Kutmah - TROBBB! - Albums - Reviews - Soundblab

Kutmah - TROBBB!

by Ljubinko Zivkovic Rating:9 Release Date:2017-08-11

What would be the beat and/or hip-hop music for those music fans that do not necessarily listen to either beats or hip-hop? Such music not only exists, but is usually that which you refer to more often than you think you would, something that actually crosses quite a few musical borders. In essence, something you can truly call experimental music. The first things that come to mind are RZA’s soundtrack for the Jim Jarmusch movie Ghost Dog: The Way of the Samurai, as well as any Madlib, Odd Nosdam or Gonjasufi album. And that is where we come to Kutmah and his TROBBB! album.

Don’t wonder what the title means, it's actually an acronym for The Revenge of the Black Belly Button. Maybe the long title is a way to let you know that there are a whopping thirty-one tracks here and a list of contributors as long as an arm of a professional basketball player; fifteen by my last count, including one of the above-mentioned names, Gonjasufi. Why do I single him out? Because Kutmah’s debut solo album is as good as any of the five Gonjasufi has made himself.

These days, almost every single press release uses the term “long awaited,” even when nobody even knew the album was coming out. In the case of Kutmah though, that overused term actually applies. He’s been on the beat scene for a while. Artists like Flying Lotus have been raving about him for a while, and Giles Peterson gave him the opportunity to compile an album, Kutmah Presents Worldwide Family Vol. 2 for his Brownswood Recordings label. The reasons for the raves are obvious from the moment the title song opens the album.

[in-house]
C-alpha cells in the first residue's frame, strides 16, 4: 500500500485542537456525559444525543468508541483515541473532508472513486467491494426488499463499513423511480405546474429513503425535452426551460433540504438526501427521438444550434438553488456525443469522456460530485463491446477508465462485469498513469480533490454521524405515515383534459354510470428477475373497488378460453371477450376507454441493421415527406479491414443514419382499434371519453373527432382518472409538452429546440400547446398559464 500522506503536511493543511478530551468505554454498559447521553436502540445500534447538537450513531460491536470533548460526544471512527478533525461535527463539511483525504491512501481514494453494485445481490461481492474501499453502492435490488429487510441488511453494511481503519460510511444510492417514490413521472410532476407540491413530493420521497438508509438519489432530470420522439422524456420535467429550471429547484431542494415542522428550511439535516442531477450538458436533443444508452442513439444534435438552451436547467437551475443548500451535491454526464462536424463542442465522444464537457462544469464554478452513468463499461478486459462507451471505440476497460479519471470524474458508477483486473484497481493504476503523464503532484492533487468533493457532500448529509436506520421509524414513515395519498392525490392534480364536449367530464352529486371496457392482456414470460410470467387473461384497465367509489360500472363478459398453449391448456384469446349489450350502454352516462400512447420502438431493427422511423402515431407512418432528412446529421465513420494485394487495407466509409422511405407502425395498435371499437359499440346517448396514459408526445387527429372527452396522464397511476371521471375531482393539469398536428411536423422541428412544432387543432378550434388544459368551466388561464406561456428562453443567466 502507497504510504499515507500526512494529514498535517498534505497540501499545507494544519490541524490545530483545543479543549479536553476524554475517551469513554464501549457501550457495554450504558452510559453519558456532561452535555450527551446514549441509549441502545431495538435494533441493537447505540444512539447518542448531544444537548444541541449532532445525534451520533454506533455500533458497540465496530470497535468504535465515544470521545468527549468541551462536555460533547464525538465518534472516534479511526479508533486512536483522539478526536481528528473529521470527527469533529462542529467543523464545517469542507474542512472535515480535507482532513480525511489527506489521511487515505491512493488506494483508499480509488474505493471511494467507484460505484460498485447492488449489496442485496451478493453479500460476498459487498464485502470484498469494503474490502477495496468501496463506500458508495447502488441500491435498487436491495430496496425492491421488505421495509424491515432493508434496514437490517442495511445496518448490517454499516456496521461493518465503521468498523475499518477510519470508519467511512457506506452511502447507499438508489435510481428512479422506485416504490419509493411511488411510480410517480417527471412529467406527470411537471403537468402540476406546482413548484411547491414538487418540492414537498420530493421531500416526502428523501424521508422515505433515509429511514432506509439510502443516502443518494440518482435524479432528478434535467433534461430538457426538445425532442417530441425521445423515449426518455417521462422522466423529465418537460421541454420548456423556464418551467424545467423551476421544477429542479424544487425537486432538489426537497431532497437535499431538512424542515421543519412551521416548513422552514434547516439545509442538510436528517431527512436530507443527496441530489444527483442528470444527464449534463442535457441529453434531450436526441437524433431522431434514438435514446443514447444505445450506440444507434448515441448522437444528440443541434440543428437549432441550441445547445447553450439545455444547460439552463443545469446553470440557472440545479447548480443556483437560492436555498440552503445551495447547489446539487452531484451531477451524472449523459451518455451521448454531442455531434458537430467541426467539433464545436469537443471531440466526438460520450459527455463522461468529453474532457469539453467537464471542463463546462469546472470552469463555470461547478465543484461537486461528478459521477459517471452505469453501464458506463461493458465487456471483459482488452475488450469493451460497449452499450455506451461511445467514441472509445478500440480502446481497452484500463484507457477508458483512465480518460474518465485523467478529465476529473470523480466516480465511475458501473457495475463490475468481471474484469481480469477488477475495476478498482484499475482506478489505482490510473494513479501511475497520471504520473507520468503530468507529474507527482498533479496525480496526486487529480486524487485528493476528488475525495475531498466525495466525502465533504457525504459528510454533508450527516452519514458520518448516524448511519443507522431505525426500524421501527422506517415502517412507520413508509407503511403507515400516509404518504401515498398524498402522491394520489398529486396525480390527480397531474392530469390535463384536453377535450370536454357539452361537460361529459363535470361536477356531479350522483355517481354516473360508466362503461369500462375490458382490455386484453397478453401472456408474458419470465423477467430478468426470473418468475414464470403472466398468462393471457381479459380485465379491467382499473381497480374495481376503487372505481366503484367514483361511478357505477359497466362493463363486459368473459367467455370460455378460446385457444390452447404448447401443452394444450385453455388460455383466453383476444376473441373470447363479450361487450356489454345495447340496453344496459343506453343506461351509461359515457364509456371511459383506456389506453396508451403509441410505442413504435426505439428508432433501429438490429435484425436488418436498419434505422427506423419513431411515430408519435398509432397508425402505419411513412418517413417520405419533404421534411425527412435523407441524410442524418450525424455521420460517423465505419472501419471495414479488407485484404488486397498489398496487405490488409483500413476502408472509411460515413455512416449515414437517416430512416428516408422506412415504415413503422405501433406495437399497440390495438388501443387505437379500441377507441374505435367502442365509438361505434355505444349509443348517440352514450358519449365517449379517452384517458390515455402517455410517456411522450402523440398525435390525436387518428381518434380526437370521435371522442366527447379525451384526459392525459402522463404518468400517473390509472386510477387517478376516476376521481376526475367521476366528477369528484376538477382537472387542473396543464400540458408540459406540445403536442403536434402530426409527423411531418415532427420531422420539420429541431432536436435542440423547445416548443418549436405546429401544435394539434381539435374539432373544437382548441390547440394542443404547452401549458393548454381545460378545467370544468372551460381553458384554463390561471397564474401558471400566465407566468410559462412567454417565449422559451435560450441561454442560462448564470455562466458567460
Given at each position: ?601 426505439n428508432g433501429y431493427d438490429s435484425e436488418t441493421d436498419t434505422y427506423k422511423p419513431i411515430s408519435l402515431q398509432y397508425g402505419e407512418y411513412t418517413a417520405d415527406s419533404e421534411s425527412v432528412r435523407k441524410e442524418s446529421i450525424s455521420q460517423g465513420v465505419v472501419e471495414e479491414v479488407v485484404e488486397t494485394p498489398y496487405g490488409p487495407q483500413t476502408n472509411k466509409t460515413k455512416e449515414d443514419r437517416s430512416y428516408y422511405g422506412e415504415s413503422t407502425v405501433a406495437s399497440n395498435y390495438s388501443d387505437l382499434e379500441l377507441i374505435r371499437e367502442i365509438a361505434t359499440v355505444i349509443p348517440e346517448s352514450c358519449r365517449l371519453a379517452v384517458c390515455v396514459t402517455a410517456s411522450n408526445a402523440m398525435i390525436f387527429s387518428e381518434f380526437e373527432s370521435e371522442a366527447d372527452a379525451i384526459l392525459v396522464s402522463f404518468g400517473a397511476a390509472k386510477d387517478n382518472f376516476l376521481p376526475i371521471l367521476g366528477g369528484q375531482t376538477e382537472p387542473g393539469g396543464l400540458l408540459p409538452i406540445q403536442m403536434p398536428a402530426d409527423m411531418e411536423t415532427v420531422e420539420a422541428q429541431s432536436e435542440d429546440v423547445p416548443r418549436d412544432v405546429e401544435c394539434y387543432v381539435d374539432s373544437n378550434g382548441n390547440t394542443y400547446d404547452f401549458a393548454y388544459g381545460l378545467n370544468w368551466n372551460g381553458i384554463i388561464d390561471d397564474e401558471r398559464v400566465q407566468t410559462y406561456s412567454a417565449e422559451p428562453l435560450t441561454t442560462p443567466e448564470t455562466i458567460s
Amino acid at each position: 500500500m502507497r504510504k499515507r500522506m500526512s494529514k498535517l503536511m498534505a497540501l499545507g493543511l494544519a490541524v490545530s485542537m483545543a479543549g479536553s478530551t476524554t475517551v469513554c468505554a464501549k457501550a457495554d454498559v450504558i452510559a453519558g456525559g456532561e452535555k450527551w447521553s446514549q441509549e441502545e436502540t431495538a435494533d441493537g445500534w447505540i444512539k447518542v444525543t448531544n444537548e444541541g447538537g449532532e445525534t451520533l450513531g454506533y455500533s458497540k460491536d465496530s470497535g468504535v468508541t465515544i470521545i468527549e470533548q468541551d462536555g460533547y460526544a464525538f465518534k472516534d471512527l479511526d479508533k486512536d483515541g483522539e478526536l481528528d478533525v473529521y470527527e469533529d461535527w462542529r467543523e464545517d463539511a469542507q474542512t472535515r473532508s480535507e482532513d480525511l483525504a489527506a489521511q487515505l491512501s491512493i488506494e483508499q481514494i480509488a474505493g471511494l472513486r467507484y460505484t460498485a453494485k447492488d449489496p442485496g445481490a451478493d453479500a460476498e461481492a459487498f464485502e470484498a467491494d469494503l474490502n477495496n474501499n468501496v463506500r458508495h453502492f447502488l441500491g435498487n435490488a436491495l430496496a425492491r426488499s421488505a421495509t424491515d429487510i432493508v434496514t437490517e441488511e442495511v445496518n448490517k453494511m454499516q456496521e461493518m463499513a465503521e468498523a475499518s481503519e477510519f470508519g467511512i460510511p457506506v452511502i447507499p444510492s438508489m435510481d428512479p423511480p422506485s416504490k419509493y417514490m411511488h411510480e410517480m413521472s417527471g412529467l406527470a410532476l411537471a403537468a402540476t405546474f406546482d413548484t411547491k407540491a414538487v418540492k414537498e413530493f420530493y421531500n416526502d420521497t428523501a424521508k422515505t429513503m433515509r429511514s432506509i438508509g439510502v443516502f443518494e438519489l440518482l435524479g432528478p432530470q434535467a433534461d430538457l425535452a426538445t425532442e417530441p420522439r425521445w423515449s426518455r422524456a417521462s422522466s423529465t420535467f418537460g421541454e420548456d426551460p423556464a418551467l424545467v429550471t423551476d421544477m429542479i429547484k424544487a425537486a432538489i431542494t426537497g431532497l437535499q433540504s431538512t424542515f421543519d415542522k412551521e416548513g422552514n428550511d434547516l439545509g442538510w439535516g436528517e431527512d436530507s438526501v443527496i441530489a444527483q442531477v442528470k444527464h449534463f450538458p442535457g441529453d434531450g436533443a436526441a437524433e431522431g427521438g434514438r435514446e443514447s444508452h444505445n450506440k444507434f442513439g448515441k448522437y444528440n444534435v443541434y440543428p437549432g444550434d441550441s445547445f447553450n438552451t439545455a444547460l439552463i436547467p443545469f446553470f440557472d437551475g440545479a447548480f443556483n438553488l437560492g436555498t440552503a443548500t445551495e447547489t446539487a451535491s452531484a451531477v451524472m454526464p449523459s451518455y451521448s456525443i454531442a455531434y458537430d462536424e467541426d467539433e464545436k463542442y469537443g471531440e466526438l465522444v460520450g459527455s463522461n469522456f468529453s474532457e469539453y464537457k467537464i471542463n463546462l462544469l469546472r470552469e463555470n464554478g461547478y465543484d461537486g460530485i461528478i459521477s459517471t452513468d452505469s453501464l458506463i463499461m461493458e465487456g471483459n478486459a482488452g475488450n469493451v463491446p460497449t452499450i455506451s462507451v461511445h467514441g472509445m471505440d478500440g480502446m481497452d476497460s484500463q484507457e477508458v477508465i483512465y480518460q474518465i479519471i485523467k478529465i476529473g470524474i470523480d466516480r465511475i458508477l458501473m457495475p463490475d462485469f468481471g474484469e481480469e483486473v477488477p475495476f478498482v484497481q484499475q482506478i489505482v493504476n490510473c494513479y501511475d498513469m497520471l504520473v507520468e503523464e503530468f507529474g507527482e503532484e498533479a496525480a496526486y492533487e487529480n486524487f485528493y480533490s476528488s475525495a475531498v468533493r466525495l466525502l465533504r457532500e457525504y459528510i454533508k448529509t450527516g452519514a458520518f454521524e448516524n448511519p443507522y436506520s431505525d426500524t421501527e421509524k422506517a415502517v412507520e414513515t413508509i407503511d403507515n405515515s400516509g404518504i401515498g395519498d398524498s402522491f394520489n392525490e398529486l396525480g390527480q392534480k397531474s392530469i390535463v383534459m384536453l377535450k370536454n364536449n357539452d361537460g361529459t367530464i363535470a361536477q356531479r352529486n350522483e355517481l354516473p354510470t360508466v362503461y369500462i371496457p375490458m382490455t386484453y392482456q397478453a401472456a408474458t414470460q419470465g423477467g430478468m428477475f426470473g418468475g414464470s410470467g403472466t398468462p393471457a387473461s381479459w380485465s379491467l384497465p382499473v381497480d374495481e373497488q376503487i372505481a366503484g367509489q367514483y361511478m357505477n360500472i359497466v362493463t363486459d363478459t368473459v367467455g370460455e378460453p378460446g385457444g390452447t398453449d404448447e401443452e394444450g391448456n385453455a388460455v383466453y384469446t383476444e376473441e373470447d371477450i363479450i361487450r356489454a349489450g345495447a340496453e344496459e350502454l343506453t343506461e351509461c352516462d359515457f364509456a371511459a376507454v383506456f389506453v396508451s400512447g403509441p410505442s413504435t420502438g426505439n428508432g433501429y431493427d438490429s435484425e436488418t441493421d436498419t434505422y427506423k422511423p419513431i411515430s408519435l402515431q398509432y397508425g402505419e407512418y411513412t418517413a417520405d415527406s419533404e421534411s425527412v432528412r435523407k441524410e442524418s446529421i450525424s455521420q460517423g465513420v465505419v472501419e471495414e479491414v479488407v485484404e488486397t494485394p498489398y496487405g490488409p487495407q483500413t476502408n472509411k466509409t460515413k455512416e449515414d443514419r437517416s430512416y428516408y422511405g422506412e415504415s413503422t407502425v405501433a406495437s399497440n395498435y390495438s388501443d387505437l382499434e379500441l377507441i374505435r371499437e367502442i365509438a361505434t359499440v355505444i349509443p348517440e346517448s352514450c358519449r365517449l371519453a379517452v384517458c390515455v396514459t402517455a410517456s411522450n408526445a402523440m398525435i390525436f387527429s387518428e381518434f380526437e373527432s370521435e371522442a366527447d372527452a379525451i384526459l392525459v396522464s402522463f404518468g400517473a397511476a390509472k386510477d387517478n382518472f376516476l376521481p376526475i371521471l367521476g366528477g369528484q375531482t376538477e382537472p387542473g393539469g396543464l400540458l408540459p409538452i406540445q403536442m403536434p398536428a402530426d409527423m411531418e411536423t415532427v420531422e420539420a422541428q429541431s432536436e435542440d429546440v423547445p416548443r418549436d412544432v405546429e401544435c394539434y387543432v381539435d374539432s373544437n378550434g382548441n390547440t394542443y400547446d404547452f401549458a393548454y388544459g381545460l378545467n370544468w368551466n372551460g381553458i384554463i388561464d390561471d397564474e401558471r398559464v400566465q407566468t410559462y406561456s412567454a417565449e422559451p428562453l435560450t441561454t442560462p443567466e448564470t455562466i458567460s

Kutmah shows the perfect sense of which sounds and beats to introduce, and realises exactly how long they should hang around in your speakers. Only two titles here pass the three minute mark, and some are as brief as eight seconds. The deeper you get into TROBBB!, the more you realise why the Ghost Dog soundtrack and all those other abovementioned names come to mind. The music here is more on the meditative, gentle side of the beats (with some more sinister sounding electronics cropping up here and there), and as the voice in “Change Things” keeps on repeating, it is here to create the vibe.

Many beat musicians set out to do exactly that, with a tendency to miss the mark, overstay their welcome, or both. Not Kutmah. He sounds like a man who knows exactly what he’s doing and why. Moreover, he sounds like somebody who has the right feel for this or any other kind of music. This is indeed one of the beats/hip-hop albums that even music fans that normally shy away from these genres will find appealing.

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